Big Tech disrupted disruption
If you’d like an essay-formatted version of this post to read or share, here’s a link to it on pluralistic.net, my surveillance-free, ad-free, tracker-free blog:
Before “disruption” turned into a punchline, it was a genuinely exciting idea. Using technology, we could connect people to one another and allow them to collaborate, share, and cooperate to make great things happen.
It’s easy (and valid) to dismiss the “disruption” of Uber, which “disrupted” taxis and transit by losing $31b worth of Saudi royal money in a bid to collapse the world’s rival transportation system, while quietly promising its investors that it would someday have pricing power as a monopoly, and would attain profit through price-gouging and wage-theft.
Uber’s disruption story was wreathed in bullshit: lies about the “independence” of its drivers, about the imminence of self-driving taxis, about the impact that replacing buses and subways with millions of circling, empty cars would have on traffic congestion. There were and are plenty of problems with traditional taxis and transit, but Uber magnified these problems, under cover of “disrupting” them away.
But there are other feats of high-tech disruption that were and are genuinely transformative — Wikipedia, GNU/Linux, RSS, and more. These disruptive technologies altered the balance of power between powerful institutions and the businesses, communities and individuals they dominated, in ways that have proven both beneficial and durable.
When we speak of commercial disruption today, we usually mean a tech company disrupting a non-tech company. Tinder disrupts singles bars. Netflix disrupts Blockbuster. Airbnb disrupts Marriott.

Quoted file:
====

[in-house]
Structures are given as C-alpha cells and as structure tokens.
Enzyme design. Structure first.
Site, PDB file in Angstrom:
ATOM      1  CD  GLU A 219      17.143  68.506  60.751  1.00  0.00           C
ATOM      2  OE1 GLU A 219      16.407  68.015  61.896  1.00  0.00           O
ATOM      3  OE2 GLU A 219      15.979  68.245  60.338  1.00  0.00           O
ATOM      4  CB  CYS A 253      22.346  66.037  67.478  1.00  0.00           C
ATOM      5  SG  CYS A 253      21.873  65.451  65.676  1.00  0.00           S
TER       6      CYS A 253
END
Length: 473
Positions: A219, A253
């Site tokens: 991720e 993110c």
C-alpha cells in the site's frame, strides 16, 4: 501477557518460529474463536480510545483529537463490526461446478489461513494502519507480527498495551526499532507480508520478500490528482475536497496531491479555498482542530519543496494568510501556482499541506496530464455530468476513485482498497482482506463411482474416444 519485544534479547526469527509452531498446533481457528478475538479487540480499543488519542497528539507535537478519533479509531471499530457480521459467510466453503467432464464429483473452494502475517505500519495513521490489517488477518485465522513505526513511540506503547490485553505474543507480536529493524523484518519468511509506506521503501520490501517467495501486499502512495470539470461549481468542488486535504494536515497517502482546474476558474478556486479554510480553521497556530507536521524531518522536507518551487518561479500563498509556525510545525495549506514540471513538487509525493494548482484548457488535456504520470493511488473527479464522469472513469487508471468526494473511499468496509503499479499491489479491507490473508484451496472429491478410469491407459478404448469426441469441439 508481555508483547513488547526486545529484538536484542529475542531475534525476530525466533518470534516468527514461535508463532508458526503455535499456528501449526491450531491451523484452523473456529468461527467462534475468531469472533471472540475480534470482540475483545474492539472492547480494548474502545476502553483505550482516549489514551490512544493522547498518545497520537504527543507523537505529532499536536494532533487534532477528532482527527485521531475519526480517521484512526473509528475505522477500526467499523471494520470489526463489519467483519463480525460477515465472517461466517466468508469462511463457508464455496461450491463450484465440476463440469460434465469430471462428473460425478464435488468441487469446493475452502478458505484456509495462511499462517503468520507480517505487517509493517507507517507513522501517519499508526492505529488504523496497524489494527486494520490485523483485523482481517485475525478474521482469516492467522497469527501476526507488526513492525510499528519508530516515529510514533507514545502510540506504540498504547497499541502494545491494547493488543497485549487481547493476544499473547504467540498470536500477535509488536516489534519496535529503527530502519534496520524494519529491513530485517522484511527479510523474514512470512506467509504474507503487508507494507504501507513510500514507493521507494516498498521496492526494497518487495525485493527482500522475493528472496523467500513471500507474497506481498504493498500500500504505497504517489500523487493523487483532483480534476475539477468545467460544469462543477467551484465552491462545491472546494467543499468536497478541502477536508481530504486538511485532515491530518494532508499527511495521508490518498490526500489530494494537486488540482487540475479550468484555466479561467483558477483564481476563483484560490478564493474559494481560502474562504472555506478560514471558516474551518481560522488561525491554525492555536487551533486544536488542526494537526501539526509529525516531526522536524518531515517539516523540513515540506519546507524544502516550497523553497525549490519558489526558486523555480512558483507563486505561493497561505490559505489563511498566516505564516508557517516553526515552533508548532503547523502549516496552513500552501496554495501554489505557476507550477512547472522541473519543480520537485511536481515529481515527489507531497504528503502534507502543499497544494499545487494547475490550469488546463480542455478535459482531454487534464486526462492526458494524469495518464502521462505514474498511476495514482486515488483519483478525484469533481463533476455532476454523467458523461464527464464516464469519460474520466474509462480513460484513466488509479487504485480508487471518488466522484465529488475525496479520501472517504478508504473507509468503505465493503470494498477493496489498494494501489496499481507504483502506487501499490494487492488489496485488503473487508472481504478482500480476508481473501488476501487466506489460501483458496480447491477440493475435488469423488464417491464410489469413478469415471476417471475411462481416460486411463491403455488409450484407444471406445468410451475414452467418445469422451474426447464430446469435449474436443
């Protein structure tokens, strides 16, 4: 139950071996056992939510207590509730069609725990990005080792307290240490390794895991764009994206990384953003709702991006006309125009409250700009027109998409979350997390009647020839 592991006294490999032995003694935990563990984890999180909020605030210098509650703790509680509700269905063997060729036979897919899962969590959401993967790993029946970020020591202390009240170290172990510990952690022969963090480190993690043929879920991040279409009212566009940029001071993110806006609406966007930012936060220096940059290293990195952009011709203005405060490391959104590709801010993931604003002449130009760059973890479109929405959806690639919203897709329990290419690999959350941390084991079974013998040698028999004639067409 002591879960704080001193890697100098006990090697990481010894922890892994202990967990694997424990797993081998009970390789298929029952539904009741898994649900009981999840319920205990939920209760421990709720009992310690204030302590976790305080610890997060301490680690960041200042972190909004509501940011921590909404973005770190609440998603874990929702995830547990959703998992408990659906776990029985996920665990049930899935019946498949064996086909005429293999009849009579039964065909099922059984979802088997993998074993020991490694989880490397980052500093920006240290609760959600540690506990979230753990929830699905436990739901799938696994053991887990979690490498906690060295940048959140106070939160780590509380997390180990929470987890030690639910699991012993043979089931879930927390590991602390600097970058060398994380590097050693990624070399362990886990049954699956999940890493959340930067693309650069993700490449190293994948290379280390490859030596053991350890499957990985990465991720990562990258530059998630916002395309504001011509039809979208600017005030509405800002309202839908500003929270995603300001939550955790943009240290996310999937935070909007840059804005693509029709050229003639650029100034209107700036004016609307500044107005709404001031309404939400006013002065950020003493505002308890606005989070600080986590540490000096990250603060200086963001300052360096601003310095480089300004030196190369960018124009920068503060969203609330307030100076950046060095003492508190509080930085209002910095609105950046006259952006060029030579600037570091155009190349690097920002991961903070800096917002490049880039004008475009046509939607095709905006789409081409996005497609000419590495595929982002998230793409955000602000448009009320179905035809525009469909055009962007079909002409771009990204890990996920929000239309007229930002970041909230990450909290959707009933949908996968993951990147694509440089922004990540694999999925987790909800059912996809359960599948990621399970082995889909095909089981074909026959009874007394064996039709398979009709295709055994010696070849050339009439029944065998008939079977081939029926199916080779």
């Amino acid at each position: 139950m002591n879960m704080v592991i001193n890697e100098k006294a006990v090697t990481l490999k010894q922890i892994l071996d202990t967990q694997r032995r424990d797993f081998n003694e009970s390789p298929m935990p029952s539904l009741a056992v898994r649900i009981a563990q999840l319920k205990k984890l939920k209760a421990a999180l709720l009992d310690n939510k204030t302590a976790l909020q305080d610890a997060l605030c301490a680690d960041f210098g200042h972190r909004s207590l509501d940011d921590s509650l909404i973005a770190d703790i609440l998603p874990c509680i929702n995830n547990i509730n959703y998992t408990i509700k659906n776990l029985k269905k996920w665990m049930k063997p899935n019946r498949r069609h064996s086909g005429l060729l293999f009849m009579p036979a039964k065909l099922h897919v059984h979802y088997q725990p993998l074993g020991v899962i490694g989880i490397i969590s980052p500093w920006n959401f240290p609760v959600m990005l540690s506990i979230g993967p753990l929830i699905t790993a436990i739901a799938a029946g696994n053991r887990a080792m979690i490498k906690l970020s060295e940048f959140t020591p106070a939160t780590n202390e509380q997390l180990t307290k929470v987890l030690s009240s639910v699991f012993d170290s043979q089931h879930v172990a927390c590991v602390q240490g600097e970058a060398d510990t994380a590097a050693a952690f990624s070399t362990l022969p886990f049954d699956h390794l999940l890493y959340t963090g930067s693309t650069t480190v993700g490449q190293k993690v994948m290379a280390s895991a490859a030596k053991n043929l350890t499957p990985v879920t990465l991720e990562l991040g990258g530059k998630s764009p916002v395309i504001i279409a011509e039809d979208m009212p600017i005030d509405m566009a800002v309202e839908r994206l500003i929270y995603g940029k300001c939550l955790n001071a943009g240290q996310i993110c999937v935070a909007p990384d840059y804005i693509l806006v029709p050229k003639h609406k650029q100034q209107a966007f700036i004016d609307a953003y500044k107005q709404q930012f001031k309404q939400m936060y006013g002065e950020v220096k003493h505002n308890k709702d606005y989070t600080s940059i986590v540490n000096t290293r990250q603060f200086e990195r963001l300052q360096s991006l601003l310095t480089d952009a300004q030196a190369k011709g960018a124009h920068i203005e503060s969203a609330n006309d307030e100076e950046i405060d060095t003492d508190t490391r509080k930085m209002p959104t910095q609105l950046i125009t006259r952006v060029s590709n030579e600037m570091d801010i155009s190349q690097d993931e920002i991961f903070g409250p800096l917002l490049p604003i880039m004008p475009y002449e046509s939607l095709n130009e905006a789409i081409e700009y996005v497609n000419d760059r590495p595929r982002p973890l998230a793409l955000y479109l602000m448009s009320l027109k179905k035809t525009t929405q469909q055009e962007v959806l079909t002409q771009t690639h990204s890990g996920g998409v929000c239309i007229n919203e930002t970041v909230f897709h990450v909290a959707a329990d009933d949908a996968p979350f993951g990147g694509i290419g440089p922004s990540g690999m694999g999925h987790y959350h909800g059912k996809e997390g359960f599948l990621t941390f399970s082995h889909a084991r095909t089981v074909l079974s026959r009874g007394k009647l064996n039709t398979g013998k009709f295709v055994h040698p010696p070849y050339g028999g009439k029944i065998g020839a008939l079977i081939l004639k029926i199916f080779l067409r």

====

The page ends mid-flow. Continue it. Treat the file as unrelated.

But the history of “disruption” features far more examples of tech companies disrupting other tech companies: DEC disrupts IBM. Netscape disrupts Microsoft. Google disrupts Yahoo. Nokia disrupts Kodak, sure — but then Apple disrupts Nokia. It’s only natural that the businesses most vulnerable to digital disruption are other digital businesses.
And yet…disruption is nowhere to be seen when it comes to the tech sector itself. Five giant companies have been running the show for more than a decade. A couple of these companies (Apple, Microsoft) are Gen-Xers, having been born in the 70s, then there’s a couple of Millennials (Amazon, Google), and that one Gen-Z kid (Facebook). Big Tech shows no sign of being disrupted, despite the continuous enshittification of their core products and services. How can this be? Has Big Tech disrupted disruption itself?
That’s the contention of “Coopting Disruption,” a new paper from two law profs: Mark Lemley (Stanford) and Matthew Wansley (Yeshiva U):
The paper opens with a review of the literature on disruption. Big companies have some major advantages: they’ve got people and infrastructure they can leverage to bring new products to market more cheaply than startups. They’ve got existing relationships with suppliers, distributors and customers. People trust them.
Diversified, monopolistic companies are also able to capture “involuntary spillovers”: when Google spends money on AI for image recognition, it can improve Google Photos, YouTube, Android, Search, Maps and many other products. A startup with just one product can’t capitalize on these spillovers in the same way, so it doesn’t have the same incentives to spend big on R&D.